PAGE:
Rupert Everett is one of Britain's finest award-winning actors and has appeared in many high profile Hollywood movies including My Best Friend's Wedding, The Madness of King George III, An Ideal Husband, The Next Best Thing, Shakespeare in Love, St Trinian's and, more recently, the Shrek sequels.
He was educated at Farleigh School, Hampshire, and later by Benedictine monks at Ampleforth College, Yorkshire. Like so many wannabe thespians, Rupert left school at 16 and ran away to London to become an actor. After being dismissed from the Central School of Speech and Drama (University of London) for insubordination, he travelled to Scotland and got a job at the Citizens' Theatre in Glasgow.
Rupert Everett's acting break came in 1981 at the Greenwich Theatre and later West End production of Another Country, playing a gay schoolboy opposite Kenneth Branagh, followed by a film version in 1984 with Cary Elwes and Colin Firth. Following on with 1985's Dance With a Stranger, he began to develop a promising film career, and around the same time he recorded and released an album of pop songs entitled Generation of Loneliness. Despite being managed by the largely successful pop svengali Simon Napier-Bell (who also managed Marc Bolan, launched and managed the band Japan, and steered Wham! to international fame), the public didn't take to his change in direction. The shift was short-lived, and Rupert only returned to pop indirectly by providing backing vocals for his friend Madonna many years later, on her cover of "American Pie" and on the track "They Can't Take That Away from Me" on Robbie Williams' Swing When You're Winning in 2001.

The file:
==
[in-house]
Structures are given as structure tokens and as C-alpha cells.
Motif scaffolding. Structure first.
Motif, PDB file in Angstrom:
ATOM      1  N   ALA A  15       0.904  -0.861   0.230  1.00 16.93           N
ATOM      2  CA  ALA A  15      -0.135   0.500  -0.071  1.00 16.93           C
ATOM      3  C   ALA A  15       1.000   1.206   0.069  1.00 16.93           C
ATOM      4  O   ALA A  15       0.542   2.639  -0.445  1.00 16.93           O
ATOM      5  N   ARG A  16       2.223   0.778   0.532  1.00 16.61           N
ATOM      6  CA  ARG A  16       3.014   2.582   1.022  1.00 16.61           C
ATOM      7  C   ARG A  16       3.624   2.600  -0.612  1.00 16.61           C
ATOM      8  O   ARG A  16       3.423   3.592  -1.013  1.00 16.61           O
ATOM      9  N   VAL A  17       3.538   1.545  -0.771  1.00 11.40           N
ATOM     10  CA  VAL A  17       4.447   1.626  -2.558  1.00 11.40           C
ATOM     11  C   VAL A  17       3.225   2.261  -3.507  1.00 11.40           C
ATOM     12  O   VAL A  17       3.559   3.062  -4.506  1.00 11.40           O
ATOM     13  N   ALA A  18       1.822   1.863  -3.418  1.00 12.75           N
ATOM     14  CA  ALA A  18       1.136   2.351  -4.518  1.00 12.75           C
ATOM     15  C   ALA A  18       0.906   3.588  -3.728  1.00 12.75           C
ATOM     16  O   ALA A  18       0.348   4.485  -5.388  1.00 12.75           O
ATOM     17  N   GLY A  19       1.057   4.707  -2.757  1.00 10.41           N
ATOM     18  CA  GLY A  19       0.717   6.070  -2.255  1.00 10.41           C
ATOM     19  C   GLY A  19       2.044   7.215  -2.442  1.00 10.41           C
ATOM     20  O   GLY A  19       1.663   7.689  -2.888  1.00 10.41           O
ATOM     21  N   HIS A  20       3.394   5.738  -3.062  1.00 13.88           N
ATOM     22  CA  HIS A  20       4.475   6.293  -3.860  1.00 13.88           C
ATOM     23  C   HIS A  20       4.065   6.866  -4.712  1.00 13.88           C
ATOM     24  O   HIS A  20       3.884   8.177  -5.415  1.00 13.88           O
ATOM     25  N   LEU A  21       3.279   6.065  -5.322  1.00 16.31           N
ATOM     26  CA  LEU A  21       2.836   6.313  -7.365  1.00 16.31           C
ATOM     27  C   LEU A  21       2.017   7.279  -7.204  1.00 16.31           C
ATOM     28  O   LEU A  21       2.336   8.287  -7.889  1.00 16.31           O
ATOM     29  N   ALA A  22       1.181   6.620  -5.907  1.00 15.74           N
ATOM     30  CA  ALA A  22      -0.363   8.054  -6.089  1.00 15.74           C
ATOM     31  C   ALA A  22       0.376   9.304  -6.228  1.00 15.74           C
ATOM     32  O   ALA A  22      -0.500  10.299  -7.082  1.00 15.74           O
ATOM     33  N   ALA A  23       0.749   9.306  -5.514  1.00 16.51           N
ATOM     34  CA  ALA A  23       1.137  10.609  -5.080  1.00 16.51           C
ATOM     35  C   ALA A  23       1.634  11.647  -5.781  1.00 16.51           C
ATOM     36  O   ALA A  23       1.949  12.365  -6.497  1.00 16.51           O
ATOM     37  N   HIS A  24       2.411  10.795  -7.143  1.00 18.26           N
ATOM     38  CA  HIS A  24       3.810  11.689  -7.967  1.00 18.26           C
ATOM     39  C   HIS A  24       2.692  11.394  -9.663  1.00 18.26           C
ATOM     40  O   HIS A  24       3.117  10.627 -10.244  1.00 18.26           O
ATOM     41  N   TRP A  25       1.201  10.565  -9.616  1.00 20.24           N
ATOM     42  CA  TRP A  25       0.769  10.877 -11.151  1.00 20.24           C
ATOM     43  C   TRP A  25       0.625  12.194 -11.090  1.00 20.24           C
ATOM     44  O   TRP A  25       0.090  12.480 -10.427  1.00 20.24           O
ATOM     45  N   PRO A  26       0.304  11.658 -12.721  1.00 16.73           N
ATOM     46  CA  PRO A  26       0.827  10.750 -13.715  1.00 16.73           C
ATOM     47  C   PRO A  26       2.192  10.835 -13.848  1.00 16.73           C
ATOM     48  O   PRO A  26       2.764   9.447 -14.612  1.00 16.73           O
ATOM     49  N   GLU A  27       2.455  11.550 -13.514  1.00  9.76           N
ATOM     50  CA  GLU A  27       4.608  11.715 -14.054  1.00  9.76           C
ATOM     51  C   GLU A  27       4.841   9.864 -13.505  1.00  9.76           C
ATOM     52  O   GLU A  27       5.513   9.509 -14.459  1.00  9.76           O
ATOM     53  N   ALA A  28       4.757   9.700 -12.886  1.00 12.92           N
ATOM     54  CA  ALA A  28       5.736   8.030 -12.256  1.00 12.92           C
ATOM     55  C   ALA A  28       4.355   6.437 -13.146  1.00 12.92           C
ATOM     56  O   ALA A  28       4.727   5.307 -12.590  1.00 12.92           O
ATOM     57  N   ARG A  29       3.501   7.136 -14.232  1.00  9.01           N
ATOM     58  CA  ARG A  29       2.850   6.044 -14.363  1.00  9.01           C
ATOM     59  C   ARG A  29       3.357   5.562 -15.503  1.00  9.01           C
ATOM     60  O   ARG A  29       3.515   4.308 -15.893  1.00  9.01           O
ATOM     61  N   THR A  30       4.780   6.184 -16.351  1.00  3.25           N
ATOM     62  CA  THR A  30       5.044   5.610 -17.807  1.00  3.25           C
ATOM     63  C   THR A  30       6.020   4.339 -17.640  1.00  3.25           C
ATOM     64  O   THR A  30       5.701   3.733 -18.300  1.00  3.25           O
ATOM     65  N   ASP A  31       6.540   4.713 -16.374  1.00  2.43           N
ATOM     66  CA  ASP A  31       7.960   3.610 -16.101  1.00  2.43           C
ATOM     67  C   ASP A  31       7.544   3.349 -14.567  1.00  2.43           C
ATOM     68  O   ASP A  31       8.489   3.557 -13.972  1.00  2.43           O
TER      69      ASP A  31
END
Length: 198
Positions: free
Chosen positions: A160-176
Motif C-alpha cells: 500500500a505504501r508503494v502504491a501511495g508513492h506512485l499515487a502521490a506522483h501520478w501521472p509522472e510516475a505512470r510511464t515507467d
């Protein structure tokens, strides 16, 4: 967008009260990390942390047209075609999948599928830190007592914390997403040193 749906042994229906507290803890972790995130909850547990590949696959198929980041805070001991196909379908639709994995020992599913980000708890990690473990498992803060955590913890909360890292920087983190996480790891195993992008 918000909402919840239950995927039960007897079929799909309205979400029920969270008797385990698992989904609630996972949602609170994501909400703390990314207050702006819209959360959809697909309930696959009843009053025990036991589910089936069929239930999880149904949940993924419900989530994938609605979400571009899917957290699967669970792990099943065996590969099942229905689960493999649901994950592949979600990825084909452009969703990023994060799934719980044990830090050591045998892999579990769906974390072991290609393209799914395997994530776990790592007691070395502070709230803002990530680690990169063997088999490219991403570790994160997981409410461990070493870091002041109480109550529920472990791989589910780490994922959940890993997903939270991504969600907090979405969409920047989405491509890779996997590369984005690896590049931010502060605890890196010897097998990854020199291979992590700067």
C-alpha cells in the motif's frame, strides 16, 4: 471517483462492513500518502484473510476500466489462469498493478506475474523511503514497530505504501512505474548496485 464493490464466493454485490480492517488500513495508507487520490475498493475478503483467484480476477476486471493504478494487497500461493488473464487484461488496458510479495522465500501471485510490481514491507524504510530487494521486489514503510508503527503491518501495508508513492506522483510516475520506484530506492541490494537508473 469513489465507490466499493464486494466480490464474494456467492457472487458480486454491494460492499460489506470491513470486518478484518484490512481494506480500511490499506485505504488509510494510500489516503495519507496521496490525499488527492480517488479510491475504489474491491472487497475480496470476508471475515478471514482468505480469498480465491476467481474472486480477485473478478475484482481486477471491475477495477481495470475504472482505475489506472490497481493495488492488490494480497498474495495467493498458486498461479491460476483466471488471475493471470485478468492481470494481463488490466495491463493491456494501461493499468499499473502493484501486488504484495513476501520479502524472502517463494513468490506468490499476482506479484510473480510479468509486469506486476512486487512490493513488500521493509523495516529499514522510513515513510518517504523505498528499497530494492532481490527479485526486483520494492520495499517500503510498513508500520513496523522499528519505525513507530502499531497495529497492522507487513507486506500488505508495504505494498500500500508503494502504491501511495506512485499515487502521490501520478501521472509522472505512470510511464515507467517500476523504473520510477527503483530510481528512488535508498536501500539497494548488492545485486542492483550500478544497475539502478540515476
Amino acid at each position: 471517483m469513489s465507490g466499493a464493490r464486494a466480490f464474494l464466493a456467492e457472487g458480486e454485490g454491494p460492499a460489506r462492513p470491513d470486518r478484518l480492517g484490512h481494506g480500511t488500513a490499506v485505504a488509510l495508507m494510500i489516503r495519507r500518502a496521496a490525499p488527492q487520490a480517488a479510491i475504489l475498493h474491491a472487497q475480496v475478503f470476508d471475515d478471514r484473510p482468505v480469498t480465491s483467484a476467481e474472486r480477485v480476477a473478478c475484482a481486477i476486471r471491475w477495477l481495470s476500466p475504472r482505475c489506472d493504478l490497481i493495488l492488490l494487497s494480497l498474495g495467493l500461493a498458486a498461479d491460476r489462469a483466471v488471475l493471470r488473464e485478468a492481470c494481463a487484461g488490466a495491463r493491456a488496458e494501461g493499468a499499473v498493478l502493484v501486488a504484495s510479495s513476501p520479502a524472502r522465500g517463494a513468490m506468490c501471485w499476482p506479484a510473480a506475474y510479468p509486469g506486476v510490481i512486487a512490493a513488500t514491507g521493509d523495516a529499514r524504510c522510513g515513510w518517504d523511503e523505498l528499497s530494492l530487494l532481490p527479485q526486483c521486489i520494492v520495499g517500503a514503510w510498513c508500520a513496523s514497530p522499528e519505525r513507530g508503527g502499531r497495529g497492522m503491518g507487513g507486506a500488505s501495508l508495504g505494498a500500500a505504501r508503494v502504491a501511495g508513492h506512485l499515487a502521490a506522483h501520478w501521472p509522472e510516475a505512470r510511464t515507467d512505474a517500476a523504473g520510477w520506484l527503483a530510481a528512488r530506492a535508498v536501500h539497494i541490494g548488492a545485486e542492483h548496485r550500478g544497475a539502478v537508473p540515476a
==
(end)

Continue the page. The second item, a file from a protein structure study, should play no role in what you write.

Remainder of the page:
Rupert's acting career was revitalised by his award-winning performance in My Best Friend's Wedding (1997), playing Julia Roberts' gay friend. In 1999, he played Madonna's best friend in The Next Best Thing. He has since appeared in a number of high-profile film roles, often playing the lead role. Also in 1999 he starred as the villainous Sanford Scolex/Dr. Claw in Disney's Inspector Gadget with Matthew Broderick.
In recent years, Rupert Everett has returned to his acting roots appearing in several theatre productions; He made his Broadway debut in 2009 at the Shubert Theatre to good critical review, performing in a Noël Coward play, Blithe Spirit, starring alongside Angela Lansbury.
For corporate audiences, Rupert Everett presents a hilarious, insightful and entertaining ‘In Conversation With...' style after dinner talk based on the first two volumes of his memoirs, ‘Red Carpets and Other Banana Skins' and ‘Vanished Years' - a series of encounters and stories from his colourful life, the celebrity circuit and beyond. His first memoir was hailed as a classic, with Rupert compared to Evelyn Waugh, David Niven, Noel Coward and Lord Byron. And the second was the Sunday Times's Memoir of the Year.
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